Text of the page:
By Anastasia Moloney
Over the past decade, a stepped-up government military offensive against Colombia’s two main rebel groups – the Revolutionary Armed Forces of Colombia (FARC) and the National Liberation Army (ELN) – has prompted growing numbers of guerrilla fighters to desert and lay down their arms.
On average, 10 fighters demobilise every day in Colombia.
Since 2003, nearly 55,000 combatants from illegal armed groups have given up their weapons, including some 30,000 fighters from right-wing paramilitary groups, who disarmed during a peace process with the previous government.
The Colombian government says helping former fighters to return to civilian life is a top priority.
It runs a reintegration programme that pays ex-fighters a monthly allowance of up to $270, providing they attend school and or university, free psychological counseling and vocational training schemes.
Colombia’s reintegration process is regarded as an important step towards reconciliation and reducing the high levels of violence caused by the country’s five decades of armed conflict.
But demobilised child soldiers and fighters - many of whom have spent an average of eight years in the ranks of illegal armed groups - face significant obstacles, Alejandro Eder, Colombia’s chief advisor on reintegration, tells me.
Eder says few Colombians are ready to forgive the atrocities committed by all parties to the conflict.
“In the Colombian case, you have 50 years of violence - of horrible violence. There’s been violence against civilians, internal displacements, kidnapping and massacres. Many Colombians aren’t too keen on forgiving the people who they identify as the main perpetrators of these crimes,” explains Eder, who heads the government reintegration programme.
“Achieving reconciliation is very hard, especially in a post-conflict situation like the Colombian one, where there’s still violence going on. Many people would rather have revenge. And sometimes revenge is much easier than forgiving, and it’s also much easier than giving someone a second chance,” Eder says.
JOBS HARD TO COME BY
With an unemployment rate at nearly 11 percent, finding a job is a difficult task for most Colombians. But it’s even harder for ex-fighters.
The average recruitment age for combatants is 16 years old, which means few have completed high school. Many find they have to go back to school before looking for work.
Sixty percent of the 40,000 or so former fighters who have joined the government reintegration programme are illiterate, while over half were sexually abused as children, Eder tells me.
Only 8,500 participants have found jobs in the formal sector over the past five years.
“The biggest challenge is getting these people economically integrated,” Eder says.
Former fighters face discrimination and are often stigmatised by Colombians and potential employers, who view them as hardened criminals who don’t deserve government help and a second chance.
“People in Colombia are still scared of demobilised persons, and they turn their backs on them,” Eder says. “The main challenge we have is breaking down the stigma that Colombians associate with the demobilised population.”
Under the reintegration programme, ex-fighters are entitled to receive government support and financial benefits for up to six and a half years.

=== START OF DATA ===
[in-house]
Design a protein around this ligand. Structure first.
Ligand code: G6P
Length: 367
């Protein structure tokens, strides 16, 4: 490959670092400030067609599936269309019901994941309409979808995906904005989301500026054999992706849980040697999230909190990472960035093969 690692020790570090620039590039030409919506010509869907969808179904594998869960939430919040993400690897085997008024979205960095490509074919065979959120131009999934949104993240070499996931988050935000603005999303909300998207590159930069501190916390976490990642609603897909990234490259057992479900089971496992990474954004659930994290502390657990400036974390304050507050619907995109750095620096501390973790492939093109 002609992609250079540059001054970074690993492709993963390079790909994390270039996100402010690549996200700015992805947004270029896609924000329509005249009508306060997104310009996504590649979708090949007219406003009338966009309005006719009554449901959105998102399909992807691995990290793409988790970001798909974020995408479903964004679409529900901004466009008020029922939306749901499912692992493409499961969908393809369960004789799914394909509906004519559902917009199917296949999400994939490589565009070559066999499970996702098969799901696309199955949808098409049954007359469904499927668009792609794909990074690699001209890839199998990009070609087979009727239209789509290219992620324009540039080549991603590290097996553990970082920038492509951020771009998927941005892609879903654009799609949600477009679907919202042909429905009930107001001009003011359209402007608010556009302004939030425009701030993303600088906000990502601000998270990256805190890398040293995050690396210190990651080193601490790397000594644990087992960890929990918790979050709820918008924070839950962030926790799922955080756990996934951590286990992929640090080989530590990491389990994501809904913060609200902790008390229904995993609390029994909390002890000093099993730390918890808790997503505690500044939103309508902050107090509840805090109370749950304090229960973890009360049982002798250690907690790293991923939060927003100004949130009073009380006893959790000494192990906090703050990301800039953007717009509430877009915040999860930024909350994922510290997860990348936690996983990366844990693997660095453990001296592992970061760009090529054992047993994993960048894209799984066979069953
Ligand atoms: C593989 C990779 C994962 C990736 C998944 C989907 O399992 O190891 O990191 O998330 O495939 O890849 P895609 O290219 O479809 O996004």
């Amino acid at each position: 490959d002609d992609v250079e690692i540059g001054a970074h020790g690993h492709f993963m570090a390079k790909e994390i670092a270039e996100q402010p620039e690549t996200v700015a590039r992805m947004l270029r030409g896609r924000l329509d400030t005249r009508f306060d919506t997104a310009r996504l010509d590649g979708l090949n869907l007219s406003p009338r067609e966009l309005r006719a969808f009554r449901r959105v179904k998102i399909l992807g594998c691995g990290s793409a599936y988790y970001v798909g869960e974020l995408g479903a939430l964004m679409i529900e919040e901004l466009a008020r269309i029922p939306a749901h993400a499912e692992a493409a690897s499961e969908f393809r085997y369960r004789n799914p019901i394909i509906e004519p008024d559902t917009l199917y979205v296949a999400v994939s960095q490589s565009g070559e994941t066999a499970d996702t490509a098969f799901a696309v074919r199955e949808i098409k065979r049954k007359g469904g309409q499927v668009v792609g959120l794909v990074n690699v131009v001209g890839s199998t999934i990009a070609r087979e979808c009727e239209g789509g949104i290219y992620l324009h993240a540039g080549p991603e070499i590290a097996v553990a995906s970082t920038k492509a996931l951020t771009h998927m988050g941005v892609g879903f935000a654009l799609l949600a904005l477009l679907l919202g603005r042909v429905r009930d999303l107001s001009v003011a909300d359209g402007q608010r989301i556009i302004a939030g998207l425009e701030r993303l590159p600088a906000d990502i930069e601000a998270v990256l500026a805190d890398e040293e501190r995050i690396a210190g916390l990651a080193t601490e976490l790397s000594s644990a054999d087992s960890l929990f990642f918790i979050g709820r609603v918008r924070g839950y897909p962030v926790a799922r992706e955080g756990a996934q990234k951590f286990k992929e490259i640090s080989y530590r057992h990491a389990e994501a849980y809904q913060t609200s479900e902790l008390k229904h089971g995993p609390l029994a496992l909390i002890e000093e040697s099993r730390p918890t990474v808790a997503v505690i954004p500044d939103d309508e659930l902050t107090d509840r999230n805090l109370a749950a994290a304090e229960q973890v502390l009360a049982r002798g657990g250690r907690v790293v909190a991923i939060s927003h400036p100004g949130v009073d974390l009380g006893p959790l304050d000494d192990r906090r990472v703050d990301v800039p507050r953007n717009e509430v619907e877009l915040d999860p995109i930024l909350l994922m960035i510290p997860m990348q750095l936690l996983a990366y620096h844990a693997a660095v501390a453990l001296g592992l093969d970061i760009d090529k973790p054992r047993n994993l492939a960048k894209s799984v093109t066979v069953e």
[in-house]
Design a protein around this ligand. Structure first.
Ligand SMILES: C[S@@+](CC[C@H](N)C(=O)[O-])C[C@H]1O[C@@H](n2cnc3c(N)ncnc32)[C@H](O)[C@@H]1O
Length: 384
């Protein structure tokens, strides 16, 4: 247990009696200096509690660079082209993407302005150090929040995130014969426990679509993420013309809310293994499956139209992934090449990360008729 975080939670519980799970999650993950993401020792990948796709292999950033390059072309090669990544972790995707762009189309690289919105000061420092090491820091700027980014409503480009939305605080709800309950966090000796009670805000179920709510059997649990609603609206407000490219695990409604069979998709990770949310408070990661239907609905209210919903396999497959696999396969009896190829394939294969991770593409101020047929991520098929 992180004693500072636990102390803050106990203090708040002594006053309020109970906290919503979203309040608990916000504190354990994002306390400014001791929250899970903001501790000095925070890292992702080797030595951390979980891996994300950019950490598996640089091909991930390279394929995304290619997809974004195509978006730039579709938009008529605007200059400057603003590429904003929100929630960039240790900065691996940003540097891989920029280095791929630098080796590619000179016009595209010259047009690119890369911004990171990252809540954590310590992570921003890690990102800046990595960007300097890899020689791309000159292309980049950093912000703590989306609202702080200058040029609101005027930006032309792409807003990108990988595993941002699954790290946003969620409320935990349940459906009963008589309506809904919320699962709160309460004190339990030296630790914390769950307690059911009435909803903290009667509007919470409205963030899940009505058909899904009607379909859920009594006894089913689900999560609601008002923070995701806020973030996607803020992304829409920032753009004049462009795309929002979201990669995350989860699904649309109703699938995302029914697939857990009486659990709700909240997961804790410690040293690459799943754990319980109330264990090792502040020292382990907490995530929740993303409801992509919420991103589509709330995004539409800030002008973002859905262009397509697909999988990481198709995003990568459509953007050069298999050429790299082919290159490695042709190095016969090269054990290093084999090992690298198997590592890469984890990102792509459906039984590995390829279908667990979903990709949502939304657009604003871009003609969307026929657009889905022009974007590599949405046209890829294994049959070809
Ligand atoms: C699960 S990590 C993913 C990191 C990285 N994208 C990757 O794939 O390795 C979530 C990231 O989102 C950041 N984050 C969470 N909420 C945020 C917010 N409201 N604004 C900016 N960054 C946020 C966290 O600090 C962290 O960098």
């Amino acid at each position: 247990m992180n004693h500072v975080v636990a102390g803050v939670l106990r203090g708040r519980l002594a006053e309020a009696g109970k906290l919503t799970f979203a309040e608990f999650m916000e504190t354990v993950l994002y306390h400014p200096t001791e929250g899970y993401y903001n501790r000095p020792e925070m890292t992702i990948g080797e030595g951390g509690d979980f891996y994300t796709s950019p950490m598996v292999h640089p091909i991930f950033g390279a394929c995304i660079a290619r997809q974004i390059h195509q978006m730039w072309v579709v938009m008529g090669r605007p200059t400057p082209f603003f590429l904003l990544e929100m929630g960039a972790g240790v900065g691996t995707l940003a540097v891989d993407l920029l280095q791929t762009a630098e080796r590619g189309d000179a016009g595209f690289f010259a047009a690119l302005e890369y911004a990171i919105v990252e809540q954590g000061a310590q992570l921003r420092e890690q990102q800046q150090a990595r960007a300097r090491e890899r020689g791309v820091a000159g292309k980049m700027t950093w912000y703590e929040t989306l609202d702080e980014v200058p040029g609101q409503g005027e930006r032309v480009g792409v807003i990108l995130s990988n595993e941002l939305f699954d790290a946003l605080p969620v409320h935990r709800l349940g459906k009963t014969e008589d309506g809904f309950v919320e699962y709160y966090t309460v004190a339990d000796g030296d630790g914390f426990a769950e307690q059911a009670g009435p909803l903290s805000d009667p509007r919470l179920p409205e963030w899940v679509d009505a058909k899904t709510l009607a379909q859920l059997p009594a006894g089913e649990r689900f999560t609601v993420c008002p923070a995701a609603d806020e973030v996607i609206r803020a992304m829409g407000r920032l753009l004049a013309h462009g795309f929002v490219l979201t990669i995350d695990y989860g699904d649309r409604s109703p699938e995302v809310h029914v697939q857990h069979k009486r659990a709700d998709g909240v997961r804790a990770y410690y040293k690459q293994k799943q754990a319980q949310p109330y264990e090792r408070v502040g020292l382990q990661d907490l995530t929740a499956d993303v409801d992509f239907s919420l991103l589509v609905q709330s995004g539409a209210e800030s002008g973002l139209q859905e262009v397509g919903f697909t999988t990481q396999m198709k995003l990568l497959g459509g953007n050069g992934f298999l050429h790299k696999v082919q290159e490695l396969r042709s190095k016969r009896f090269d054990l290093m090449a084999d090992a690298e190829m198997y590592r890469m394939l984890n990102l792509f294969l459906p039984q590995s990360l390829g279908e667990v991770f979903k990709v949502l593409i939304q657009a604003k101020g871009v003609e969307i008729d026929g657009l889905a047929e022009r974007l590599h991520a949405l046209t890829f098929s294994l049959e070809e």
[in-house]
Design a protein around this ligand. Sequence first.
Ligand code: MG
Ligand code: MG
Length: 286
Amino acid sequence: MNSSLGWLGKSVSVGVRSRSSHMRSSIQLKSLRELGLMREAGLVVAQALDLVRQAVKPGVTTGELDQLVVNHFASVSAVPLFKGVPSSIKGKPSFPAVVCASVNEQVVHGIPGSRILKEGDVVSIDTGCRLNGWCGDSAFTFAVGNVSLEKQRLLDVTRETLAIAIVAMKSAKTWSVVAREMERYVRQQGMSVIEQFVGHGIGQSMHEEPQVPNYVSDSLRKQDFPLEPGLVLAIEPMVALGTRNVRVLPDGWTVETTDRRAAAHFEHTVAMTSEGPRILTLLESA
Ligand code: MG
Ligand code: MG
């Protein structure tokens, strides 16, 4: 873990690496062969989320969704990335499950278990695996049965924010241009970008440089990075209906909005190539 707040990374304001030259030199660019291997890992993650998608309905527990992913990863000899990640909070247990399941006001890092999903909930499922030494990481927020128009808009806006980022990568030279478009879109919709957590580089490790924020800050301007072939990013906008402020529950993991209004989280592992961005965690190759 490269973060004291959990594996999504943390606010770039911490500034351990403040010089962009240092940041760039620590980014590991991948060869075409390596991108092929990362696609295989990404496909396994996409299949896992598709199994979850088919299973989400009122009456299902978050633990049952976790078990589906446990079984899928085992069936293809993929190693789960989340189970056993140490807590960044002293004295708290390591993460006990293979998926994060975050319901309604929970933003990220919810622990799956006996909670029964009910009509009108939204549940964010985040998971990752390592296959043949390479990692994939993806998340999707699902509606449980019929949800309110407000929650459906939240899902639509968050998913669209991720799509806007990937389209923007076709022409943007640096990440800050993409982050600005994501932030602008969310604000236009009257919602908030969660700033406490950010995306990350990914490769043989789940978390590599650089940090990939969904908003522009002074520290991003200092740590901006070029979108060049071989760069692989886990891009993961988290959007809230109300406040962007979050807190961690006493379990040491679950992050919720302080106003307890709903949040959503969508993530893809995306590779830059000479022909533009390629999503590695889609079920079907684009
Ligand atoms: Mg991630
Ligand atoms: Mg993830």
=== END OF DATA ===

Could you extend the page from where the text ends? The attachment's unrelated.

The government provides one psychologist for every 100 ex-combatants, and counselling is on offer about twice a month to help heal the traumas of war.
But for some ex-fighters, the lack of jobs and temptation to earn more money working for criminal gangs means they end up re-arming.
The government estimates that between 10 to 15 percent of the 36,000 ex-combatants who have gone through its programme since 2003 are involved in crime or have been recycled back into the conflict.
NO PEACE WITHOUT FORGIVENESS
Eder emphasises that fighters who have committed crimes against humanity are not allowed to take part in the reintegration programme, but instead face prosecution.
Yet few paramilitary warlords have yet to be convicted of any crimes against humanity, and many families are still seeking justice for abuses and searching for the country’s 50,000 missing people.
Against this background, are Colombians ready to forgive?
“There’s unwillingness and there’s reluctance,” Eder says. “All Colombians, including myself, are in some way victims - directly or indirectly - of the violence. But if you’re unwilling to forgive then there’s never going to be peace.”
I ask Eder, a former investment banker, what he has learned as head of the reintegration programme in the last two years.
It’s been “an eye-opening experience”, he says. “Some of the demobilised fighters who were forcibly recruited when they were eight years old, what fault did they have that they were stolen from their homes by the guerrillas and paramilitaries?”
“You start to understand their side of the story. You start to understand that the line between victim and victimiser isn’t black and white. It’s shades of grey,” he says.
Much is at stake, Eder believes. If Colombians aren’t willing to accept ex-combatants back into their communities and give them work, the prospect of peace will remain elusive.
“Colombians need to realise that, by giving these people a second chance, they are benefiting themselves. Why? Because if we let them come back into society, Colombia will be a more peaceful society,” Eder explains.
“You can’t become an apologist for them - many of them have committed absolutely terrible crimes. But I think that if we want to build peace in Colombia, they need a second chance.”